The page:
And with that decision, I open the car door and step out into society for the first time since March.

The first thing I notice are the people — lots of them — scurrying around, masks on, heads down. It’s like the sleepy town of Holmfirth has turned into a sprawling metropolis. 

The second thing I notice are the panicked glances, people crossing over roads to avoid getting within a few metres of anyone else.

I take the little dog and begin speed-walking out of town. ‘It’s too people-y,’ I shout over my shoulder. ‘I’m heading for the hills.’

Chris and the big dog walk behind, struggling to keep up.

The first hill is huge, and I wish I’d invested in a pair of crampons.

Mum phones when I’m halfway up, sweating and out of breath.

‘Happy birthday,’ she says. ‘Are you having a good day?’

‘Well, I’ve only cried once.’

‘That’s good.’ She laughs. ‘Forty-one! Who would have thought I’d have a daughter so old?’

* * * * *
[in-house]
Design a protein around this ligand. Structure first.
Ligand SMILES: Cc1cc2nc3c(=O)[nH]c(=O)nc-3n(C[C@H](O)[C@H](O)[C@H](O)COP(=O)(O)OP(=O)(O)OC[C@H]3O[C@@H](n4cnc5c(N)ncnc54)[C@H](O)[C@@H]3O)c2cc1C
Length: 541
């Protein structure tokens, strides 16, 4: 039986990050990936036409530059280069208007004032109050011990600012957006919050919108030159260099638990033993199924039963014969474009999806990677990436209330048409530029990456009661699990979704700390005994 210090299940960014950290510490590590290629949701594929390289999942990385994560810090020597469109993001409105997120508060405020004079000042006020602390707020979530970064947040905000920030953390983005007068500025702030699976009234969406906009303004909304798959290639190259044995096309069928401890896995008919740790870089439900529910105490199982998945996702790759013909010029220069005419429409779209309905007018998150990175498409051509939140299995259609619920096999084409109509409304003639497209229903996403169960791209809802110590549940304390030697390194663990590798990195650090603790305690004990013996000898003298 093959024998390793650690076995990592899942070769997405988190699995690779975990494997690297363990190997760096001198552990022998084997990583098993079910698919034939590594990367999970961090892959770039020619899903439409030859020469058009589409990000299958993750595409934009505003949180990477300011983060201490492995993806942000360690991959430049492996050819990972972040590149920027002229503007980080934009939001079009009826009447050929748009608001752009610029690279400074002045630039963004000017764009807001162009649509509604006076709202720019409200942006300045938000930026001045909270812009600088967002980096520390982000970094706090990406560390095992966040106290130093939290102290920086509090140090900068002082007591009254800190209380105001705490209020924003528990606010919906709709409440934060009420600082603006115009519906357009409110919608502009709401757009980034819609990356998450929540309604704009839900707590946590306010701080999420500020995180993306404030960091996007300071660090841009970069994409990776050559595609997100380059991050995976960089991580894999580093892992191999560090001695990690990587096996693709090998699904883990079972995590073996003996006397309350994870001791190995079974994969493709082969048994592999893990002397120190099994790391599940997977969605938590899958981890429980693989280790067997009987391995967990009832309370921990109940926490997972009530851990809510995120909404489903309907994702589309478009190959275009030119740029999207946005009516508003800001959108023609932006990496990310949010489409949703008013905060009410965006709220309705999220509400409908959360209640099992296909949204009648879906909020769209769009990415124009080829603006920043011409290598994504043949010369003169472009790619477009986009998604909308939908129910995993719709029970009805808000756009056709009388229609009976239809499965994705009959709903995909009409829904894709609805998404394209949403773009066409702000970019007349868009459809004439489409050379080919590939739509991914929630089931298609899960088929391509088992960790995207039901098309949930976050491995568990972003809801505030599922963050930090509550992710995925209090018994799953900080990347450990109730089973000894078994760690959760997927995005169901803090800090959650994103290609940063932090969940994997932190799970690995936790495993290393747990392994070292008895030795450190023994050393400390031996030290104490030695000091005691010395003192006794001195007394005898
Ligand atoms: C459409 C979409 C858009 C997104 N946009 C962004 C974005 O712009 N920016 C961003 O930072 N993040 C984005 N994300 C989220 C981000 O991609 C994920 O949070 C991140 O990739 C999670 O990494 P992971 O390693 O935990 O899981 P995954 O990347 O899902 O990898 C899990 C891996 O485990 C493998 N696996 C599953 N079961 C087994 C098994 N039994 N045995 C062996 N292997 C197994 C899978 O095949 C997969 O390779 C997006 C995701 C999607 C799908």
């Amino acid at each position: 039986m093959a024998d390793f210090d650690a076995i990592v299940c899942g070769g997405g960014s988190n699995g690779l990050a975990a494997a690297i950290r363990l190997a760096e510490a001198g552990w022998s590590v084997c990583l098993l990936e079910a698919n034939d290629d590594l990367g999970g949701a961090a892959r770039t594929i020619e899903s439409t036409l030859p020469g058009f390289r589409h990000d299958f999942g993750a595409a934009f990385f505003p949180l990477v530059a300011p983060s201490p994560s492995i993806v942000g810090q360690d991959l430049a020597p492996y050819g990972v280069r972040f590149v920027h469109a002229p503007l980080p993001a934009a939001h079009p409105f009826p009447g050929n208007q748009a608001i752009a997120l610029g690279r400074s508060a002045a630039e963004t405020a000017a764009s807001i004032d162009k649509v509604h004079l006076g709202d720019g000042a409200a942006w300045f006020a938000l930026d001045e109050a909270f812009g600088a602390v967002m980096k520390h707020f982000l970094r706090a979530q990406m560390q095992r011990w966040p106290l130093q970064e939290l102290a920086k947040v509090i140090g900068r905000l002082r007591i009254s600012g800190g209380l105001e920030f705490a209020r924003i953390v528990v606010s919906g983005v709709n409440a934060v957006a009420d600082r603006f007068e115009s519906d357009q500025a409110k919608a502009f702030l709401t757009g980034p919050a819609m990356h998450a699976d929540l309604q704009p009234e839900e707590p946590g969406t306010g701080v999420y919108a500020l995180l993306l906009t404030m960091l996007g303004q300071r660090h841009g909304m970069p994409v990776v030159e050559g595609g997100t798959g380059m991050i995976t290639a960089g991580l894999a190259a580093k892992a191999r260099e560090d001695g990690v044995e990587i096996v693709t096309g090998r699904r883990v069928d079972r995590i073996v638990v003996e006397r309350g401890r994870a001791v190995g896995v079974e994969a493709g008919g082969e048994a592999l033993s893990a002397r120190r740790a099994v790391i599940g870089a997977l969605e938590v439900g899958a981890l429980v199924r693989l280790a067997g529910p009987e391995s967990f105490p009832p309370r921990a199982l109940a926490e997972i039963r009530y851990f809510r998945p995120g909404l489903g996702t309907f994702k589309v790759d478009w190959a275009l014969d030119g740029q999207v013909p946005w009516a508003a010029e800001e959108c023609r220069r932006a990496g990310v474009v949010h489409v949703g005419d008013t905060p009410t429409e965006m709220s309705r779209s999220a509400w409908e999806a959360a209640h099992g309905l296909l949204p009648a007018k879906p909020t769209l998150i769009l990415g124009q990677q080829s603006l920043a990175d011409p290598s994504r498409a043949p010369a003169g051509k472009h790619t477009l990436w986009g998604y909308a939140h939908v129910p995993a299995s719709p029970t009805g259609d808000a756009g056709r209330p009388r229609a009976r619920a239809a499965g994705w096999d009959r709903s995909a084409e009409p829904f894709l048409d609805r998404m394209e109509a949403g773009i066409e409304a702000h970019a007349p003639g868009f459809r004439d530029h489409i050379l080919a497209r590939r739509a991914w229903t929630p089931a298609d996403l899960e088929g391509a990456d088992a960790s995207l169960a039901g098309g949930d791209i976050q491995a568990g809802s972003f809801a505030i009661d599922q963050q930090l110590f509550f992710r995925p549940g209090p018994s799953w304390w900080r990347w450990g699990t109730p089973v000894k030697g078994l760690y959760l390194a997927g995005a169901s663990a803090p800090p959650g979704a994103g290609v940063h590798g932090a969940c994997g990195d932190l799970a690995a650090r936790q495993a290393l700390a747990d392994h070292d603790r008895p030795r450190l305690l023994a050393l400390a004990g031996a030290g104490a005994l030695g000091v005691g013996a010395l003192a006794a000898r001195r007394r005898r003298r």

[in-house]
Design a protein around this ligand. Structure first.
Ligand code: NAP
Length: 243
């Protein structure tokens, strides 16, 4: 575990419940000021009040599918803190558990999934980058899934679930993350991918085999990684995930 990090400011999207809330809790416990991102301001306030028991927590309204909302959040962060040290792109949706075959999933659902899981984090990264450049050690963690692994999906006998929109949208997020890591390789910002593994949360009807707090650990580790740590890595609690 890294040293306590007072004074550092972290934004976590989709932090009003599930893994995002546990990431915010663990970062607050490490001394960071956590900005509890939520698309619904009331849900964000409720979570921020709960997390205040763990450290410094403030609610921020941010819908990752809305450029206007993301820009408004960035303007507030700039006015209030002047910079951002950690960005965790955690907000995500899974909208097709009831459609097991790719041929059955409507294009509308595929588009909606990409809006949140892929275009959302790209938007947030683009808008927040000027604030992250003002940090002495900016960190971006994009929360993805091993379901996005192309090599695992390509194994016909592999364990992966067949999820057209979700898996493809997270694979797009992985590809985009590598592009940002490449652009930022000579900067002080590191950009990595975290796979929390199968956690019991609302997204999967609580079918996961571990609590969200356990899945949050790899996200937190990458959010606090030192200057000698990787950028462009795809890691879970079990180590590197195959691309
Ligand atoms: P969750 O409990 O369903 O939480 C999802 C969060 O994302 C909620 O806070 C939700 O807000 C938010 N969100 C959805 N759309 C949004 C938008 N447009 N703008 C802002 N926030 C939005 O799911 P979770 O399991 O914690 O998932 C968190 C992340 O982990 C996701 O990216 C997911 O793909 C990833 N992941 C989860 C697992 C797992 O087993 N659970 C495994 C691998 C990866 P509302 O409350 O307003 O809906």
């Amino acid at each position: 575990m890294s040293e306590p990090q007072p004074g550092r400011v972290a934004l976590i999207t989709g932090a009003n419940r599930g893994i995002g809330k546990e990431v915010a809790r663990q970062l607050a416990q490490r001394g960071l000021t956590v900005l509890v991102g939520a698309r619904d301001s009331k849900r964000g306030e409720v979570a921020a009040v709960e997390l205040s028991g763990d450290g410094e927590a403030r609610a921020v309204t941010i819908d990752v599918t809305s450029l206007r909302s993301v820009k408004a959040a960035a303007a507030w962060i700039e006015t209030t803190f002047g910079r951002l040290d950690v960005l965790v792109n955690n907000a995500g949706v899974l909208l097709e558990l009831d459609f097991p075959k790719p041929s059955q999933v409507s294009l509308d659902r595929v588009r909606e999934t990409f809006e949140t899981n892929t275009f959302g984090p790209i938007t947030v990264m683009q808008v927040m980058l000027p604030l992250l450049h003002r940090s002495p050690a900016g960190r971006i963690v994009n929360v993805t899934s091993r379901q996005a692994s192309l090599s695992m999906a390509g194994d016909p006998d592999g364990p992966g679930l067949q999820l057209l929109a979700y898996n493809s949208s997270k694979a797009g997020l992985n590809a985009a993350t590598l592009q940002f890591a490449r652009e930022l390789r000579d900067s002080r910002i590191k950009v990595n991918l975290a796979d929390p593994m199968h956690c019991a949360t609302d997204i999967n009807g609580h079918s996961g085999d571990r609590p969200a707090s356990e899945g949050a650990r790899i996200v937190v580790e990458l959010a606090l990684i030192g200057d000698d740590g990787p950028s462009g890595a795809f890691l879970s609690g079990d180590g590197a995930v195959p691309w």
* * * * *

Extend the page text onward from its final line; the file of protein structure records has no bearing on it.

‘I’m up a hill,’ I say. ‘In Holmfirth.’

‘You’ve gone out? That’s wonderful. I’ll leave you to it.’

She hangs up, and I return to focusing on the climb. At the top, there’s a water crossing with slippery stepping stones to navigate. The little dog hops across and I tiptoe behind.

After that, there’s another hill and another and another. I focus on putting one foot in front of the other. With each step, I feel better. The stress of the floor crisis, and the house move and the snagging list and the virus and work and everything else that has been pushing me to the edge these past few weeks and months, eases.

My mind clears.

We reach the trig point and sit and eat our picnic, looking down on the world below. I turn to my husband and hounds.

‘This is fun,’ I say.